“Because he probably reads the Tribune too,” Blynn said.
“Yup,” Hyren said. “Miraculously, Hyren survived, and some eight months later returned to Dr. Sloth’s flagship, the Triumph, with hostages in tow to make up for his absence. Unfortunately, it seemed as though so many months planetside had turned the commander soft. In an act of high treason, he not only helped his hostages escape, but he aided other escaped prisoners in an uprising against the ship’s officers.”
“That was good times,” Blynn said.
“It was,” Hyren said. “Except for how absolutely terrified I was for your safety. Now let me finish, we’re almost done. Although the Triumph was commandeered by these rebels despite Garoo’s best efforts, Sloth had one last parting shot—it turned out he had built a failsafe mechanism into Hyren’s mutational genetics. Renouncing his loyalty to Sloth caused the failsafe to trigger, making Hyren’s body shut down. And that was how the mighty Commander Hyren met his end.
“Or was it, really? For fifteen years we’ve accepted that Hyren is gone. But this journalist has her doubts. Even though he was on his way out when Sloth and his officers escaped, no one ever actually saw him expire. And even though Sloth’s genetic engineering is nothing short of utter genius—what if there was some way that Hyren had survived, after all? Unless concrete proof otherwise turns up, perhaps we can all just stop for a moment and wonder if somewhere down on Neopia lives a Mutant Grundo who used to be one of the most feared beings in Dr. Sloth’s military.”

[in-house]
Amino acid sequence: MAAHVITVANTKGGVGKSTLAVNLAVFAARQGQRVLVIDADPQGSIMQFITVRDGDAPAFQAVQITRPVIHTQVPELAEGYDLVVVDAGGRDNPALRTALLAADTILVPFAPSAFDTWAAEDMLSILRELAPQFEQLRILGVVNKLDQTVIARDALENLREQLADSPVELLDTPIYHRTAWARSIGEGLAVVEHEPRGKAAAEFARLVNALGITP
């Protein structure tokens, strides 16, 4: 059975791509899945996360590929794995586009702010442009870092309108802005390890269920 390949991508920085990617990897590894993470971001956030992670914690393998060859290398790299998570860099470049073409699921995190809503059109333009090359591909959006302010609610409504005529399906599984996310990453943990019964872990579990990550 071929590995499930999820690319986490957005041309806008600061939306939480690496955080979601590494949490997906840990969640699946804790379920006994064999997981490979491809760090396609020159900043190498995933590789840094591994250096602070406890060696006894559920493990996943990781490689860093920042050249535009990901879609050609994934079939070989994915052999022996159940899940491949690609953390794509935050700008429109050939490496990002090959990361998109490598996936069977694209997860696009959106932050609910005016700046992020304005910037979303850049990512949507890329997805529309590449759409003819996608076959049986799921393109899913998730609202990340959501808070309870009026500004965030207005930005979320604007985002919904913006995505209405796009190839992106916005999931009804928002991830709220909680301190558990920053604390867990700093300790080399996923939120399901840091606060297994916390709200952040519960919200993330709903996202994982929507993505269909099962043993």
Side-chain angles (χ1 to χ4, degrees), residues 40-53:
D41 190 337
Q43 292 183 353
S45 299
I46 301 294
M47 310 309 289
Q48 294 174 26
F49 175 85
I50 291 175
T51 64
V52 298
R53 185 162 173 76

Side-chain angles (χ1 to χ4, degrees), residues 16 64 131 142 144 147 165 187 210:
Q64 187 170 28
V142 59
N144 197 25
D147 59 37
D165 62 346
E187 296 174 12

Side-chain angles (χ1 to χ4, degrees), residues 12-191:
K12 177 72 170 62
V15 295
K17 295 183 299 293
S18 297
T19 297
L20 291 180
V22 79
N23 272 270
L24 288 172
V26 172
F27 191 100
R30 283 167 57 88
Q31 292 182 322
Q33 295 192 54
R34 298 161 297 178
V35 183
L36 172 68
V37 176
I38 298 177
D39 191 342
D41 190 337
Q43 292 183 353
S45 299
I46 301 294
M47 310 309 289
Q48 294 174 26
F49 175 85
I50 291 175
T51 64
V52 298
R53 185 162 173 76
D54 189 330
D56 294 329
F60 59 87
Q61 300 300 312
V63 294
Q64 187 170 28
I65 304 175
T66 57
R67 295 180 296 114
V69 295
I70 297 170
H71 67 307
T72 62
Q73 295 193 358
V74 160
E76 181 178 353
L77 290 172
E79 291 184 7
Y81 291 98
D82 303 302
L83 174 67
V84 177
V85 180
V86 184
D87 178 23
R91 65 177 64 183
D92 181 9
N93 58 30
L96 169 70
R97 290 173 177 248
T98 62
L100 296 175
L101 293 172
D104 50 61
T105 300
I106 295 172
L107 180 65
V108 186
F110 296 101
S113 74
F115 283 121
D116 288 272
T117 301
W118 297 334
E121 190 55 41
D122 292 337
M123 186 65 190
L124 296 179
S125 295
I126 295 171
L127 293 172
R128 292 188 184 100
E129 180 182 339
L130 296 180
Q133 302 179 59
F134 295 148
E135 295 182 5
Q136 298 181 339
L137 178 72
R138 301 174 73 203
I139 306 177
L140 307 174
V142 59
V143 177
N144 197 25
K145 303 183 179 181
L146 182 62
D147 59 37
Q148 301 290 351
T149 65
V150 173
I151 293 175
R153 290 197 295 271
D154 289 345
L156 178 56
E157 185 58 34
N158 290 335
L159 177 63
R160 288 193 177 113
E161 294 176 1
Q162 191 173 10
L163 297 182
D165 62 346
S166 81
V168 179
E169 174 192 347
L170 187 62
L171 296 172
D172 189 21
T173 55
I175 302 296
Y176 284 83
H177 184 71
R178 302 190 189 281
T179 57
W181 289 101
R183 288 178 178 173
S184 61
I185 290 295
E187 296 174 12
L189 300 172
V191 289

Hyren grinned and looked down at his stubby blue arm. “They’re orbiting the wrong asteroid,” he said. “If they go looking for a Mutant, they’re not going to find anything.”
“Good old Space Faerie,” Blynn said. “I’m kinda surprised she saved you, actually, considering your past.”
“I hear she’s impressed by deeds of selfless bravery,” Hyren said. “I think she knew I’d put my past behind me by that point.” He looked over at his Zafara sister. “And I think she knew my family needed me.”
Blynn’s long tail waved behind her. “I’m just sorry she also had to de-mutate you,” she said. “I know it’s hard, not being nearly as big and strong as you used to be.”
“Yeah," Hyren said. "But you know, it doesn’t bother me anymore. I’ll always be me on the inside, no matter what shape I am.” He put the holo-stick down and picked up the Maractite Scimitar, brandishing the blade and watching the dark aqua metal catch the glint of daylight. “Aww yeah,” he said. “I’ve still got it.” Nobody could take away his combat skills, at least.
With a smile, he turned back to Blynn and said, “At any rate, nothing I’ve done in Sloth’s space marine corps compares to my life with you guys. You’re everything I ever wanted.”
“Awww, shucks,” Blynn said. “Even though we’re a little… kooky?”
“I like kooky,” Hyren said. “Keeps me on my toes.” He pulled her into a hug. “Garoo can go ahead and have all the glory. I’ve found something that matters to me a whole lot more. Something really worth fighting for.”